Just remember that everything you put on the computer is changing it and taking it farther from the original condition. The software is designed to work with the original Windows system. Choose carefully what you add to your computer. The only sure way to get everything back to the factory specifications is to format the hard drive and start over. No one wants to lose everything they have put on their computer.

Message Boards

After surfing the huge, impersonal Internet for a while, you may run across message boards and want to participate in a more personal experience. Message boards are not chat rooms and different rules of etiquette apply. You can find friends with similar interests and exchange ideas on message boards, but your message board experience can be enhanced if you follow certain basic rules. You will probably not be kicked off of the board for not following the rules, but to break them makes you look like a "Newbie" or may reflect in a negative way on your character.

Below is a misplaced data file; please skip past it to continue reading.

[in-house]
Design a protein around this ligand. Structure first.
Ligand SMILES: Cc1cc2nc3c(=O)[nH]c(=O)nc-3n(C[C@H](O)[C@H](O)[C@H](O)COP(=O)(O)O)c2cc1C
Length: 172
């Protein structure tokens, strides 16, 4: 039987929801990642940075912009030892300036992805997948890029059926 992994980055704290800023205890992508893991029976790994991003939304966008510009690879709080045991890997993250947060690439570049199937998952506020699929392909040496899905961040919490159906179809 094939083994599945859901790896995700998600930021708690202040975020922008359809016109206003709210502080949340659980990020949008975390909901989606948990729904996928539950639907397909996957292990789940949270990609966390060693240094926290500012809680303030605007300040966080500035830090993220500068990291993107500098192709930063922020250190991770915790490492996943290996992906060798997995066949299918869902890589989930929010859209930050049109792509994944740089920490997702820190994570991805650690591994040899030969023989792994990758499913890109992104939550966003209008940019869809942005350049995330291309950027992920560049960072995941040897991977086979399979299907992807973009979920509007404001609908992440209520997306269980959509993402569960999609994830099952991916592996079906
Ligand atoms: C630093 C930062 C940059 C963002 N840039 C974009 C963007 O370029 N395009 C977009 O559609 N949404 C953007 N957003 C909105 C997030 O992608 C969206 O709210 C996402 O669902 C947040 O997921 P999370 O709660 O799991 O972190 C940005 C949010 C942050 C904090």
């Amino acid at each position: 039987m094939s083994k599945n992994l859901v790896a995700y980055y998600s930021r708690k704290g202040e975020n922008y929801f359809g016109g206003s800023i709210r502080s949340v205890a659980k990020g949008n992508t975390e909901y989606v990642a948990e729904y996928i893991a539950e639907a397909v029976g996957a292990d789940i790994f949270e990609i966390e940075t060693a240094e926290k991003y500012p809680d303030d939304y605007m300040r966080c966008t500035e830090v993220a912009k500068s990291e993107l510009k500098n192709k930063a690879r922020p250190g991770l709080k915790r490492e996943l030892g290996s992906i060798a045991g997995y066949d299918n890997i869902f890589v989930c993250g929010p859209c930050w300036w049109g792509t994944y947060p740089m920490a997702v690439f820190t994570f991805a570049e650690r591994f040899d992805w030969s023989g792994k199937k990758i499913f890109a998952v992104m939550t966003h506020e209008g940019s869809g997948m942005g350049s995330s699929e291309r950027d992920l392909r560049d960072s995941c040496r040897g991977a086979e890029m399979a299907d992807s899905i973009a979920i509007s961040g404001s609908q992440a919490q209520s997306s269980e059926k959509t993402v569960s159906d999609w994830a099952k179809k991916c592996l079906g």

Safety first! Never give your full name, address, school's name, or other personal information which would allow someone to locate you on a message board. Use only a nickname or your user name on the board. You can give a state, country, or city if that information would not allow you to be found. Message boards are designed to be anonymous. When you post specific personal information, you are no longer anonymous. Almost anyone can read the message boards. Most of the readers are good people, but some of the message board readers, even though they might not reply, could be someone who may wish to cause you physical harm. Use extreme caution if you agree to a meeting with another message board user. This is especially important for children. Children should talk to their parents before arranging any meeting. They should have a responsible adult with them for any personal meetings. Those who use the message boards may not be truthful about their personal information. Keep in mind that people with harmful intentions could read your message board posts!